First of all, let's set clarity, mosquitoes' main food source is plant nectar. However, females need the protein found in blood to grow their eggs - hence only females will bite! There are over 3,500 species of mosquitoes, some prefer humans, other mammals, or even reptiles.
You might be wondering, why do mosquito bites itch? Well, mosquitoes' saliva contains proteins, which our bodies identify as foreign substances. In response, your body’s immune system is triggered and releases histamines which cause itchiness and inflammation. Some people may have a more severe response, and some may not have a response at all depending on their body's unique response.
It all comes down to genetics! Your likelihood of getting bitten comes down to the level of carbon dioxide in your body and the way your skin smells. While no one is completely immune to mosquito bites, these factors make some more prone to bites than others — and along those lines, some folks have worse reactions to the bites.
While some folks simply experience a small red bump, others are more allergic to the saliva of mosquitos and can end up with large welts or even experience shortness of breath and anaphylaxis. If that happens, you should seek medical attention immediately!
Skeeter syndrome refers to a significant allergic reaction to mosquito bites. Although most people will have some form of reaction to a mosquito bite, it is usually just an annoyance. However, people with skeeter syndrome are very sensitive to these bites and may develop a fever.
Although the typical symptom of a mosquito bite is a small red bump and itching around the bite.
However, skeeter syndrome causes a person to experience more serious symptoms. The bites tend to swell up to a very large size, and the person may also have a fever. The reaction tends to build up quickly, usually within a few hours.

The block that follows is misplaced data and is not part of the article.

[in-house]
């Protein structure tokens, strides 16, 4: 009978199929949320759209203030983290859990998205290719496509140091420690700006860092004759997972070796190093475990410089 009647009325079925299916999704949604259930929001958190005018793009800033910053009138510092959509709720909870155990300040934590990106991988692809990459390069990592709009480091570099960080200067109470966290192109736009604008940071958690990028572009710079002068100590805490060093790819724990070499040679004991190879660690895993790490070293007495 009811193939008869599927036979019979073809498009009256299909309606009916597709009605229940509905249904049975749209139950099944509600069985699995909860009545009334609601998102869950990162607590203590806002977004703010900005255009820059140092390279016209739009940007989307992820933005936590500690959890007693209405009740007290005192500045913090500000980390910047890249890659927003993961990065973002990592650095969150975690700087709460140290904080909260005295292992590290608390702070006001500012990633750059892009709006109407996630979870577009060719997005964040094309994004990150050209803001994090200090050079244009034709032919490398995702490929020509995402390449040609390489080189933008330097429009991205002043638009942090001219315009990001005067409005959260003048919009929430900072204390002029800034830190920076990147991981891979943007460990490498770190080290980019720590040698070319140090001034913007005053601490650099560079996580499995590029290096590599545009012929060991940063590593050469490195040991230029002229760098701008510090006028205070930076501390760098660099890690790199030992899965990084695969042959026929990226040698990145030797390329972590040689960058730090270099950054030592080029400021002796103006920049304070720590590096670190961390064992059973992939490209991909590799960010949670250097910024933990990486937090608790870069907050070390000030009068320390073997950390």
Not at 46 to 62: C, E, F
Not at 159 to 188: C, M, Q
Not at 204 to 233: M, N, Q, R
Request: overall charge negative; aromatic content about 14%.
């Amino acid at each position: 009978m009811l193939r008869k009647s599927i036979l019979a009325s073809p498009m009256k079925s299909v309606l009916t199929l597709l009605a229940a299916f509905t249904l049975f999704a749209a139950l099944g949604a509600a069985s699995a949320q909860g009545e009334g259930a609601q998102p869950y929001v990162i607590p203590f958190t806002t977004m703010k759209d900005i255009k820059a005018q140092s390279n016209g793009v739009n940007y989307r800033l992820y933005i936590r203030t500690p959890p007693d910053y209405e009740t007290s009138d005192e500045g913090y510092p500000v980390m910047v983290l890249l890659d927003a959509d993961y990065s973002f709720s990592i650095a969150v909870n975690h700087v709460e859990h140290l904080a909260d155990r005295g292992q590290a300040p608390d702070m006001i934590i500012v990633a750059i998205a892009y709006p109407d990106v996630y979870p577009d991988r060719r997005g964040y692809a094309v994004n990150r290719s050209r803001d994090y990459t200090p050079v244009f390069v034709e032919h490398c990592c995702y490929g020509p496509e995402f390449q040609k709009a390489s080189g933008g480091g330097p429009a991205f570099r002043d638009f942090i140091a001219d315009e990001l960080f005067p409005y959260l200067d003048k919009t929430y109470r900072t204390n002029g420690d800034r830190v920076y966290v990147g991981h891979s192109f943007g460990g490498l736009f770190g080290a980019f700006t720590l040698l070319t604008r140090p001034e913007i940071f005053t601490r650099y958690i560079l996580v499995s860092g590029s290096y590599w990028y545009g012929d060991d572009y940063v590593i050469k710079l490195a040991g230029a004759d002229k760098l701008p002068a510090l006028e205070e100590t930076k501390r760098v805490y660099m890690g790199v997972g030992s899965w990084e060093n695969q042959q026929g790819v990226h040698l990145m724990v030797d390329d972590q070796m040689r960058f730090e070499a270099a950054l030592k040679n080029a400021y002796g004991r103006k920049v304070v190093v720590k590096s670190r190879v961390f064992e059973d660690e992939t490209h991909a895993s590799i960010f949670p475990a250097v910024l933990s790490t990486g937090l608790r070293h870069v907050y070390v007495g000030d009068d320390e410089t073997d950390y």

First and foremost, don’t scratch! A tale as old as time… scratching your bug bite will just make it itch more. But more importantly, it increases the risk of bacterial infection. After you get bit, make sure to wash the area with soap and water to remove any saliva or bacteria. Once you're all cleaned up, you can apply ice and antihistamines to the bite in order to reduce swelling and itchiness. If the area looks infected, apply antibiotic ointment and a bandaid. Other things that help:
Ice and elevation
For a bite that causes a reaction in one small area of the body, start with the simplest form of treatment.
Elevating the area and placing an ice pack on it may help reduce inflammation, soothe the sensations of pain and itchiness, and reduce redness.
Applying a mixture of cooked oatmeal to the area may also help reduce symptoms because of their anti inflammatory properties.
If a bite does not respond to simple home remedies, some over-the-counter (OTC) medications, like Benadryl may help a person feel better much faster.
Some topical corticosteroid creams may also help temporarily soothe the reaction to a mosquito bite. OTC medications such as hydrocortisone (Cortaid) should be enough in most cases.
Although the symptoms of skeeter syndrome are manageable for most people using OTC remedies, more serious cases may require medical treatment.
Allergen immunotherapy, or allergy shots, is a more permanent solution to severe allergic reactions from bug bites such as those from mosquitos.
Allergy shots work similarly to vaccines. An allergist will inject the person with very small amounts of a particular allergen. By increasing the amount of the allergen in each shot over time, immunotherapy may help the body build its own defenses against the allergy-causing proteins in mosquitos.
Source: Medical news today